Resendez came to America from Zacatecas, Mexico at the age of four. After growing up in Los Angeles and earning his degree at UCLA in ethnic studies in 2013, Resendez applied for DACA protections. After receiving them, he was able to apply for a position at DPS through Teach For America and was then hired permanently by DPS. He has taught social studies in the district for the past six years.
The impact of the novel coronavirus only compounds the stress of the impending decision. Around 200,000 beneficiaries of DACA are essential workers employed in the healthcare, food, education, and retail industries.
Denver DACA recipient Lu Pacheco, for example, currently works with COVID-19 patients at Platte Valley Medical Center in Brighton. She came to Colorado from Costa Rica at 13, and, to combat the culture shock and isolation she felt after moving, quickly threw herself into her studies.
“You could call me a nerd,” she jokes. “I’m okay with that.”
Pacheco realized she wanted to work in healthcare after not having easy access to it as an undocumented immigrant. “At my house growing up, one of the essential rules was don’t break an arm. Because we couldn’t afford it,” she says. After doing just that—breaking her arm—while snowboarding, Pacheco visited a clinic in Silverthorne that tailored to low-income immigrants.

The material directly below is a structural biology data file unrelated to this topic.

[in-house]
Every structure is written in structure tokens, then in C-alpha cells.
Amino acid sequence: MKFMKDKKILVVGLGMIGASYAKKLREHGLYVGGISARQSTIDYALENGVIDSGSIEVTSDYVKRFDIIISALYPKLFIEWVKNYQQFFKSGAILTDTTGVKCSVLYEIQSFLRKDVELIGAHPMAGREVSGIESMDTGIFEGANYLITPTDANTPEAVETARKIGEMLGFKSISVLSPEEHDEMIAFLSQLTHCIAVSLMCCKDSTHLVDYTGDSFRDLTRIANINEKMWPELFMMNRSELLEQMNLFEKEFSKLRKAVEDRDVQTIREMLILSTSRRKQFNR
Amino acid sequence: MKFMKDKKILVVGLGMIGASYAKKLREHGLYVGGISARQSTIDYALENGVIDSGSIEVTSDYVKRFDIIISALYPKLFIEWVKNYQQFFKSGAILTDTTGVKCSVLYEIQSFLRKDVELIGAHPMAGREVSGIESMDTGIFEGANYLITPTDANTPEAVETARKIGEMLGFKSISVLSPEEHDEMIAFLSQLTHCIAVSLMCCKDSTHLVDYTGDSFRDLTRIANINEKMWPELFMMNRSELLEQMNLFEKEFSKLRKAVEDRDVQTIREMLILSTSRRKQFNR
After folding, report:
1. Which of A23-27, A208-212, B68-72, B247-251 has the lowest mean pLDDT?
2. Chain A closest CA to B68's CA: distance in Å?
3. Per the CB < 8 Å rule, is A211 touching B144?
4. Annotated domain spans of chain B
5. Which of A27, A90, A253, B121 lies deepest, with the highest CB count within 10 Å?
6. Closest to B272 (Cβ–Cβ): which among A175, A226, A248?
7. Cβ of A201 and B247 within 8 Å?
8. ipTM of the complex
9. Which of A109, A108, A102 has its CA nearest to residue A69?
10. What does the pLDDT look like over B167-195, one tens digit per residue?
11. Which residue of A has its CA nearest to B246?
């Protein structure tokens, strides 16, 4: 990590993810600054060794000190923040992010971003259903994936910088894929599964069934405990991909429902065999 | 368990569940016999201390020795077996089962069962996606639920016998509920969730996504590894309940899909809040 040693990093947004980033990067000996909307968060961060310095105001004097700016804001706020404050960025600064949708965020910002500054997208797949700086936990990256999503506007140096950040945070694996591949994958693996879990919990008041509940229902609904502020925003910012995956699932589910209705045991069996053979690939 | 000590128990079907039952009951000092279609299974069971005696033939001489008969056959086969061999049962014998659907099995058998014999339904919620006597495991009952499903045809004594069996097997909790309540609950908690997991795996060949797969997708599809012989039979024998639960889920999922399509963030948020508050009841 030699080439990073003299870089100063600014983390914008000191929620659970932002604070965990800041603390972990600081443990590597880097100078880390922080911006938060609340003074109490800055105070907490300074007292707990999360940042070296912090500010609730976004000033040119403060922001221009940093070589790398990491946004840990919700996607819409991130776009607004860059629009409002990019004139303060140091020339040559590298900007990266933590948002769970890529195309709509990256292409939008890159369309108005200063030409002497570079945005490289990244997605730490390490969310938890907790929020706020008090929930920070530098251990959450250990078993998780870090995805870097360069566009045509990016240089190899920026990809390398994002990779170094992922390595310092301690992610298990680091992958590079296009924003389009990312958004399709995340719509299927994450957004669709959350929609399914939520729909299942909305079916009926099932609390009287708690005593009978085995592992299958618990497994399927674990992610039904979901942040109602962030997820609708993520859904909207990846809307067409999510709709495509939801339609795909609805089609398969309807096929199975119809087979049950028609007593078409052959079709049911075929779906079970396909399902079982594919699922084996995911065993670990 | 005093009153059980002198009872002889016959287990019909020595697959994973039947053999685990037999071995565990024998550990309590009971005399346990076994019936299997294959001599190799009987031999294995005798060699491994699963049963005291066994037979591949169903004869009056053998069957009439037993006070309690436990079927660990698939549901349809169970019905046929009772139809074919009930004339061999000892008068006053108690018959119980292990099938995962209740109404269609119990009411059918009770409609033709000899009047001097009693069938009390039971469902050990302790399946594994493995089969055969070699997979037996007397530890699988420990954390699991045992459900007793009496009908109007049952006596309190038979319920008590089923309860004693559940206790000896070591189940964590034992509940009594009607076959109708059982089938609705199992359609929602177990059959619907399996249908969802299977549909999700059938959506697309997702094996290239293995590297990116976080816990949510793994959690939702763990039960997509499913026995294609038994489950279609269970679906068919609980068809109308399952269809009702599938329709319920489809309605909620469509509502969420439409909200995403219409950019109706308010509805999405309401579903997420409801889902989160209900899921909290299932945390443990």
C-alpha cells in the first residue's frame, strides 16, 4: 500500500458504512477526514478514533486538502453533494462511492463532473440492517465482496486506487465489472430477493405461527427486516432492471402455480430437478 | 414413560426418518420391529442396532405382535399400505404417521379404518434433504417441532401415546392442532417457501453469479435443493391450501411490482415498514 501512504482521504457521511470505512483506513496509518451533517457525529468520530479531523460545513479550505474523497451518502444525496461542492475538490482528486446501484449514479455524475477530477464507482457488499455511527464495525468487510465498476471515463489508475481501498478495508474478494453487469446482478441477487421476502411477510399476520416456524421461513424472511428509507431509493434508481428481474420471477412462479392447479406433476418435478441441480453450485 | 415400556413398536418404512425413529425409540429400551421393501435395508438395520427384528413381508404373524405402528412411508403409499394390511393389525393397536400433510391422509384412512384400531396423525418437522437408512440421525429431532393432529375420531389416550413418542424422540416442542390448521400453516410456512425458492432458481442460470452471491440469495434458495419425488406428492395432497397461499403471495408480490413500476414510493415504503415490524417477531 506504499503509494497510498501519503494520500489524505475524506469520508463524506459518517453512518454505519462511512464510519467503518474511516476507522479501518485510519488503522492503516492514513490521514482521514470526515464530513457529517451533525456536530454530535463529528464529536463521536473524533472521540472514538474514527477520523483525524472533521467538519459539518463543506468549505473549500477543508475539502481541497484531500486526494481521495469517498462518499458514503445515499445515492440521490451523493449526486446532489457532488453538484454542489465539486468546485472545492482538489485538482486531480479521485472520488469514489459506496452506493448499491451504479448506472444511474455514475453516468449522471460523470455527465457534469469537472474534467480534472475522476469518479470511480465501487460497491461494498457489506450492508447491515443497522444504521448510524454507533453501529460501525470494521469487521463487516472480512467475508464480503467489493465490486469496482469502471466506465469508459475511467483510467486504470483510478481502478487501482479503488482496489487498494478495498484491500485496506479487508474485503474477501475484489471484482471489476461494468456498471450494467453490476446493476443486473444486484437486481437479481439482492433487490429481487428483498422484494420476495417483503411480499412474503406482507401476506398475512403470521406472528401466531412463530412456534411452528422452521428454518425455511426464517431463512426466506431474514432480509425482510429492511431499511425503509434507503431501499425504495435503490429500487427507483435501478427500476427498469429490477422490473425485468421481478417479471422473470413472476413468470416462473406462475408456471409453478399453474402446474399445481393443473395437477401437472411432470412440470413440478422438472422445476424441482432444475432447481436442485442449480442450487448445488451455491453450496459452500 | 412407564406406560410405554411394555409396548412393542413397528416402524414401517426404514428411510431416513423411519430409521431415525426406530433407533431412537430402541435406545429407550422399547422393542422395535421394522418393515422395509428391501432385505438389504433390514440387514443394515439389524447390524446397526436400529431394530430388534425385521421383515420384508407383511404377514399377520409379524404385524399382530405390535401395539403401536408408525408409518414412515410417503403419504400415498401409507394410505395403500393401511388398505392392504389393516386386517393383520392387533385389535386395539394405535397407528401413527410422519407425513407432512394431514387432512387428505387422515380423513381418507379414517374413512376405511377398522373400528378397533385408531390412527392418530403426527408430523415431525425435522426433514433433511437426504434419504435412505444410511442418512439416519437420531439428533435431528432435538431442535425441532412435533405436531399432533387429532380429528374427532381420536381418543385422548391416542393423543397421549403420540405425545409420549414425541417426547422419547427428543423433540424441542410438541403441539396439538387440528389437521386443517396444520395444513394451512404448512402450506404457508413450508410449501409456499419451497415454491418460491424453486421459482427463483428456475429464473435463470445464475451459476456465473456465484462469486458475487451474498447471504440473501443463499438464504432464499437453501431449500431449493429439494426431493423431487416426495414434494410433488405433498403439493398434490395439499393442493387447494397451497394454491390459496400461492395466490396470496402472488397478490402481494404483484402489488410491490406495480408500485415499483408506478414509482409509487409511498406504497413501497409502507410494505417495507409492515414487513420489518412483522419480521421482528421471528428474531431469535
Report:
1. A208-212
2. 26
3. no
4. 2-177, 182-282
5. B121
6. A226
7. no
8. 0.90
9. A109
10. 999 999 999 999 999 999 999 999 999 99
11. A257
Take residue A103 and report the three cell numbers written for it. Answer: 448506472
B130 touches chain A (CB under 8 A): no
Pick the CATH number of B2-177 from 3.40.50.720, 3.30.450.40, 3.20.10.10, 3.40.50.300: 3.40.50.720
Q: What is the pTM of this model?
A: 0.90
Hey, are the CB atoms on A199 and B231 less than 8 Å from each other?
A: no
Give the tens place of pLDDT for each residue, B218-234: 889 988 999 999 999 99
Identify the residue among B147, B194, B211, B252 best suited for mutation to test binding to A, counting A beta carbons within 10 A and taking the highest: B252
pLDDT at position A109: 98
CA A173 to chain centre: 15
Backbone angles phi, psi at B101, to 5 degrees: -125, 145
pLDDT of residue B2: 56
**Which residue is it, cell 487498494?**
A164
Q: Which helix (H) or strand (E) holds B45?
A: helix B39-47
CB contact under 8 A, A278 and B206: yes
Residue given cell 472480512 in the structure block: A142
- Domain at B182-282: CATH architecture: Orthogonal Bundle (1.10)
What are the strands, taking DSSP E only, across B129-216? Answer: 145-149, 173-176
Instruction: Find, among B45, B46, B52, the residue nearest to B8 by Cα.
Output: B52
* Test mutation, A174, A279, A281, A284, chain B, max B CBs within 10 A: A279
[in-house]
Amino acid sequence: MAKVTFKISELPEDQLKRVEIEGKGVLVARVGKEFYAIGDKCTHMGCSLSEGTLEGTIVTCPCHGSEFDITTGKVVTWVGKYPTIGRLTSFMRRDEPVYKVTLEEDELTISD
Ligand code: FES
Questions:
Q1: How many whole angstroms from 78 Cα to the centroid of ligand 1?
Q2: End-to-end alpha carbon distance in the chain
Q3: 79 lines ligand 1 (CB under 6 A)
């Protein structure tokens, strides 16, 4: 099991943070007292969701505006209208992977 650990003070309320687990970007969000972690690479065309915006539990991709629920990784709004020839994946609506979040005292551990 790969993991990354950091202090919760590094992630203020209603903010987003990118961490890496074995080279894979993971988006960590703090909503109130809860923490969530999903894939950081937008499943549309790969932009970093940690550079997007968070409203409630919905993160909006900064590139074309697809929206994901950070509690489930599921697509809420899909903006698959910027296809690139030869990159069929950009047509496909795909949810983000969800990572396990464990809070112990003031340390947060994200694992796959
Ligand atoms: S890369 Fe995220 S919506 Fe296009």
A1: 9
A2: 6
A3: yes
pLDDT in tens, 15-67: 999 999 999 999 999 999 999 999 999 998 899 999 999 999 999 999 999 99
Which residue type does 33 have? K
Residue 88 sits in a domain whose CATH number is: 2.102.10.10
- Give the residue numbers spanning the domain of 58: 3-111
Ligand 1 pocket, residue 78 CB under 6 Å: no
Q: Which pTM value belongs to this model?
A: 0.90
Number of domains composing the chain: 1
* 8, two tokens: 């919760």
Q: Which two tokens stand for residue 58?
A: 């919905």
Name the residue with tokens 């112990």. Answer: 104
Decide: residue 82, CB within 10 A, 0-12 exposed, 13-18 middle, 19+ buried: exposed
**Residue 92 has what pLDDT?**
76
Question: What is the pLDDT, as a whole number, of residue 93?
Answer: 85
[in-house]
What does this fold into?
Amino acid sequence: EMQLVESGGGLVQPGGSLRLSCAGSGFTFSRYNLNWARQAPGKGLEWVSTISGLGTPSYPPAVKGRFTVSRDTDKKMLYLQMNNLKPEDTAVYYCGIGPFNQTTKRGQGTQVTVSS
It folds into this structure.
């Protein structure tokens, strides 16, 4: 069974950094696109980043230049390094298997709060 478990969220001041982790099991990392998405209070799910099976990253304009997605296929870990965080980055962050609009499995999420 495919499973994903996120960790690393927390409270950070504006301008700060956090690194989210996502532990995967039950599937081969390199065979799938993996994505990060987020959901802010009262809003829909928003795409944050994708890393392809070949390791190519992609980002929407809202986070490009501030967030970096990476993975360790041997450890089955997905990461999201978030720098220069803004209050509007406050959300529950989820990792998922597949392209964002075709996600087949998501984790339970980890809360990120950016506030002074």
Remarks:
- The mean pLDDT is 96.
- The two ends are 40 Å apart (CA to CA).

“I started getting this idea in my head that if I could be in this field, I could make some kind of difference,” she says.
After earning a degree in molecular biology and genetics, Pacheco served two years as an EMT, and eventually decided to become a nurse. She went back to school at Regis University and graduated this spring with her nursing degree. At Platte Valley, she works with many Spanish-speaking coronavirus patients and is one of the few staffers who can communicate in Spanish with them. Pacheco says she’s angered at the thought of having to leave her patients due to an unfavorable Supreme Court decision.
Molina—who works with DACA recipients, many of whom are essential workers—on a daily basis at FWD.US, echoes Pacheco’s statement.
“I think it’s beautiful to see the way that DACA recipients, even at home in a time when their lives are in limbo, are saying, I’m willing to do what it takes to fight for my community, and I’m going to continue to show up,” says Molina. “That exemplifies the spirit of the DACA recipient.”
Even if the Supreme Court does not rule in favor of DACA recipients, Molina adds that they’re still going to fight.
One such avenue is through Congress. Last year, the U.S. House of Representatives passed the American Dream and Promise Act, which would provide DACA recipients and other undocumented immigrants with protection from deportation and a way to obtain permanent legal citizenship status. The bill is currently waiting to be taken up by the Senate.
Pacheco thinks more than a moral choice, the court’s decision is a practical one. “We have to be working or in school. We can’t sit on our butts at home. We have to pay taxes. We have to have a clean criminal record. We are upstanding citizens. We just had unlucky circumstances. It would be such a waste to just let us fall through the cracks. We have too many skills, too much knowledge. We are essential in many ways. Making a decision that wouldn’t help us wouldn’t help the country.”